Jim died one year ago today in New York City on the eve of a major Soho exhibition to herald “Match Print,” his collaborative book with photographer Timothy White. From your comments here on the blog and on our Facebook page, I can see that I’m not the only one who misses this profanely talented happy-sad, crazy-ass magnet of a man. Writing this blog both helps and hinders. And that’s a good, appreciated thing.
Speaking of crazy-ass talent, it seems truly fitting to me that Jim’s last project – the gorgeously put together “Pocket Cash” and its attendant exhibitions in SF, NYC and London – is having one of its brightest moments as you read this post. The book is in its second printing. The exhibitions, full of never-before-seen images and first-time prints in limited editions, look brilliant. In fact, if you’re in NYC or SF there are public openings (RSVP to attend) happening this week so you can go see for yourself.
“Pocket Cash” Exhibitions:
San Francisco Art Exchange
458 Geary Street
San Francisco, CA 94102
Public opening: Saturday, March 26, 7pm-10pm
If you are intrigued about Johnny and June as musicians and people, and it’s within your power to see this work up close and personal. Go. Now. You won’t regret it.
Morrison Hotel Gallery, Soho, NY
124 Prince Street New York, NY 10012
Public opening: Thursday, March 24, 7:30pm*-10pm
*Prior to the opening, Michelle Dunn Marsh, Pocket Cash editor/designer, will give a brief talk/slideshow presentation from the book at the Apple store across from the gallery at 103 Prince St.
8 Piccadilly Arcade
London SW1Y 6NH
+44 20 7493 1152
From all the feedback we’ve been getting, I realize I’m not alone in saying that when I look at Jim’s pictures I find myself falling into them, wondering about the story behind the moment: What did Jim say? What are they thinking? And, mostly, how did Jim get so freakin’ close without destroying the moment? I feel this deeply when I study his 30-year body of work documenting Johnny and June, especially June.
June Carter was a true natural-born and multifaceted talent. Country and roots music royalty, she was born into the famed Carter Family and started out performing as a young girl with her mother Maybelle and sisters Helen and Anita. A Grammy-winning singer (for her solo album “Press On” in 1999), dancer, actress, comedienne, humanitarian, wife and mom, June wrote “Jackson” and “Ring of Fire.”
and “If I Were a Carpenter.” Basically, she was brilliant and seemed to thrive at whatever she did, though she also seemed to be the last to think so herself. Is it any surprise she so graciously held her own, and then some, with “The Man in Black”?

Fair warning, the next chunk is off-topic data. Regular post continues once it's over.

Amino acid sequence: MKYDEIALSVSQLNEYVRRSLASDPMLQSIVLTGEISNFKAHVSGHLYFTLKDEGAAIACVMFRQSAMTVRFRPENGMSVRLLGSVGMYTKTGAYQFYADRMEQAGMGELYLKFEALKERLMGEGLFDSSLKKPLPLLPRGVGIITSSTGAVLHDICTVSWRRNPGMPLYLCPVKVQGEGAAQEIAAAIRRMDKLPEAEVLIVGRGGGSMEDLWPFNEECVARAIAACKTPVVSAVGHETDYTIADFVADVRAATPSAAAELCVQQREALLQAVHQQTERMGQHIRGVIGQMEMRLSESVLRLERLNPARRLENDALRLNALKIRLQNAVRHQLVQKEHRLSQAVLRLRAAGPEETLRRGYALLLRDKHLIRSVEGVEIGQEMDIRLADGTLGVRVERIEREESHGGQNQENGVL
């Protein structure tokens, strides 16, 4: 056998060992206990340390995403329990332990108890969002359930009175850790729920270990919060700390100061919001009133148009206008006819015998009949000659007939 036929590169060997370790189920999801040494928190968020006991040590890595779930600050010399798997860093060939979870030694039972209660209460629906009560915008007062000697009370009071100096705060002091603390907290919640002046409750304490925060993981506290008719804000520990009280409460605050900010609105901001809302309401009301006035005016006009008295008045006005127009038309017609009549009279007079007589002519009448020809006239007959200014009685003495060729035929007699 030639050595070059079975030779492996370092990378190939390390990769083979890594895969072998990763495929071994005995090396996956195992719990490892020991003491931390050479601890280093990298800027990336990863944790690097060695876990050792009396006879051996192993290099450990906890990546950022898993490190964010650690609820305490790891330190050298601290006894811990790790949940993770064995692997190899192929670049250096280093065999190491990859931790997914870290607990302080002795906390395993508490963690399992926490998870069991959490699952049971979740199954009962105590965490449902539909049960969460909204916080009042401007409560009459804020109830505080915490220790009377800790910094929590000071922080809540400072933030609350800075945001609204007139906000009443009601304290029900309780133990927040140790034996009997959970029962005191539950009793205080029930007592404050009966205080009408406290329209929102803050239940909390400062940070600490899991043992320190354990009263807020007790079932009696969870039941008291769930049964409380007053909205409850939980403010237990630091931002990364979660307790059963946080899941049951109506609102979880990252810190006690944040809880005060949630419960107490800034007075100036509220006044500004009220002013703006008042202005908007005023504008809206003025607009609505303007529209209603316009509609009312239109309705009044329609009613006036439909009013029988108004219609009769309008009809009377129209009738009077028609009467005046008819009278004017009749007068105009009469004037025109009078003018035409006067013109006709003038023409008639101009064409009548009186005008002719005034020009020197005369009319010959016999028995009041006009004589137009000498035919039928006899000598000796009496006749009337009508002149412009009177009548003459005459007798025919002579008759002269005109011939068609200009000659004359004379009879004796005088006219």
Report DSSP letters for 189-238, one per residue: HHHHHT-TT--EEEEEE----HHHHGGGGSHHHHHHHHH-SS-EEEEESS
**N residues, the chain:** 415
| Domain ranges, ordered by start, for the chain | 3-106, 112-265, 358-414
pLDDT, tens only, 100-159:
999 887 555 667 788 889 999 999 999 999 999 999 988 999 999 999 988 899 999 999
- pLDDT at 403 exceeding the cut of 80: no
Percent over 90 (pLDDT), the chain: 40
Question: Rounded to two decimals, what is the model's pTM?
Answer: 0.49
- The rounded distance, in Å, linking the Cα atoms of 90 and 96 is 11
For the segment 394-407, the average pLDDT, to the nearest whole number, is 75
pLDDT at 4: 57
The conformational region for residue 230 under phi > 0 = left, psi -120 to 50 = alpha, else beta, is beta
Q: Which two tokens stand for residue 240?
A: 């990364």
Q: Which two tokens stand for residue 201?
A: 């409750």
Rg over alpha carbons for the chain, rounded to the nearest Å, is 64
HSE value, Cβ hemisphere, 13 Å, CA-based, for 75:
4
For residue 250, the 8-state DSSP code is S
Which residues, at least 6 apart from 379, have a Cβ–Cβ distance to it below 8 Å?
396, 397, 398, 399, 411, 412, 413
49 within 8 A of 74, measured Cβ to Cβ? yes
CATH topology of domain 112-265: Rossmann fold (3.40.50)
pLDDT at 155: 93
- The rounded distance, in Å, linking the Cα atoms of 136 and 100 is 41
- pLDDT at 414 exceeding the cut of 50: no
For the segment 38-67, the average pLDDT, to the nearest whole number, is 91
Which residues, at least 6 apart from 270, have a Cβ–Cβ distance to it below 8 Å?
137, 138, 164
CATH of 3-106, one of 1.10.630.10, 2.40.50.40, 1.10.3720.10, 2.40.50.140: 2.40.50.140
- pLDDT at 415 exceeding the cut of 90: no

In doing a bit of research to fix my woeful ignorance of June’s biography, I came across this article by Gina Arnold from May 1999 in the Metro Newspapers online archive:
Between touring with her family and, later, touring with her husband, Cash has spent an inordinate amount of her life on the road, but always, somehow, in a position that could be termed second-fiddle. She sounds surprised, however, when I broach that idea. “I was never looking back in regret. I never thought, ‘Oh, why didn’t I become an actress?’ or ‘Why did I just go paddling along after John?’ I’ve always walked along right by his side, and he’s always supported everything I do. He’s just like my father that way -- my father just adored my mother and let her do whatever she wanted. John’s like that. He’s a very rare man, a very good man, and I’ve had a good life with him.
And Johnny, apparently, likes to walk in her wake as well. Asked if she’s planning to tour, Mrs. Cash says, “It depends on how Johnny’s feeling. If we go back on the road, we will go together. I’ll go where he goes, and he’ll go where I go.
Good stuff, right? So if you’re lucky enough to own a copy of “Pocket Cash” or better yet see these prints in person, let me know if you have the same sensation that I have: The more you look at the pictures, the more powerful they seem to get. Originally, I thought it was the love and strength June and John created, a sum more powerful than their prodigious parts. But deep down, now that I’ve really thought some more about all of this stuff, I think it all starts with June, and I like to think Jim and Johnny would agree with that perception.
And, anyway, Jim’s not around anymore to tell me off if he thought I was wrong. It’s at moments like these that I still can’t quite accept it. “Tough shit,” as Jim would surely say, but he wouldn’t look me in the eye and there’d be a catch in his throat, and then he’d add: “It’s just the way it is, baby girl.”